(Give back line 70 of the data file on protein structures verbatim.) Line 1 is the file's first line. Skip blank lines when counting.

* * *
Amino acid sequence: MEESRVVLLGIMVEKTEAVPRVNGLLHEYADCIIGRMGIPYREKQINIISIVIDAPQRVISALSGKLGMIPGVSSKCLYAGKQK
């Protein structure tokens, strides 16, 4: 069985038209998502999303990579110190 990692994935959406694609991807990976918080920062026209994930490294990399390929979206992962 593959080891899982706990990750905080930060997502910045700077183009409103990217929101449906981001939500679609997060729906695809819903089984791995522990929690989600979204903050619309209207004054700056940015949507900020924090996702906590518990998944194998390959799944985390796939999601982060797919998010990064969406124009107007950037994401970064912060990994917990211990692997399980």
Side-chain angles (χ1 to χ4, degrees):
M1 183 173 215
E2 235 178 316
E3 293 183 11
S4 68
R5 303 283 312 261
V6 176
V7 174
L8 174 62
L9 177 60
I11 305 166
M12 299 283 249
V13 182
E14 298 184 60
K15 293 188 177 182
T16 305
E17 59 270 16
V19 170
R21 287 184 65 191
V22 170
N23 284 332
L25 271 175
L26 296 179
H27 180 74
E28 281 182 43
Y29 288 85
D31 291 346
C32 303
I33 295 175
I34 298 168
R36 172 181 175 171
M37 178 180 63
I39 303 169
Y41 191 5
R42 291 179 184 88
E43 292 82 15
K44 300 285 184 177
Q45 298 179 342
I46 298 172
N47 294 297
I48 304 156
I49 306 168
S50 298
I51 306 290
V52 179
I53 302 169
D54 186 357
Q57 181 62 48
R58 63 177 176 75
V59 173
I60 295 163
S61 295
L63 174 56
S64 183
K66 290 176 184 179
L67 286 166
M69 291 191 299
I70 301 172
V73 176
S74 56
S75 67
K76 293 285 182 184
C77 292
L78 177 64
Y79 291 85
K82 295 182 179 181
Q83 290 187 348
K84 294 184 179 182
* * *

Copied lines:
K84 294 184 179 182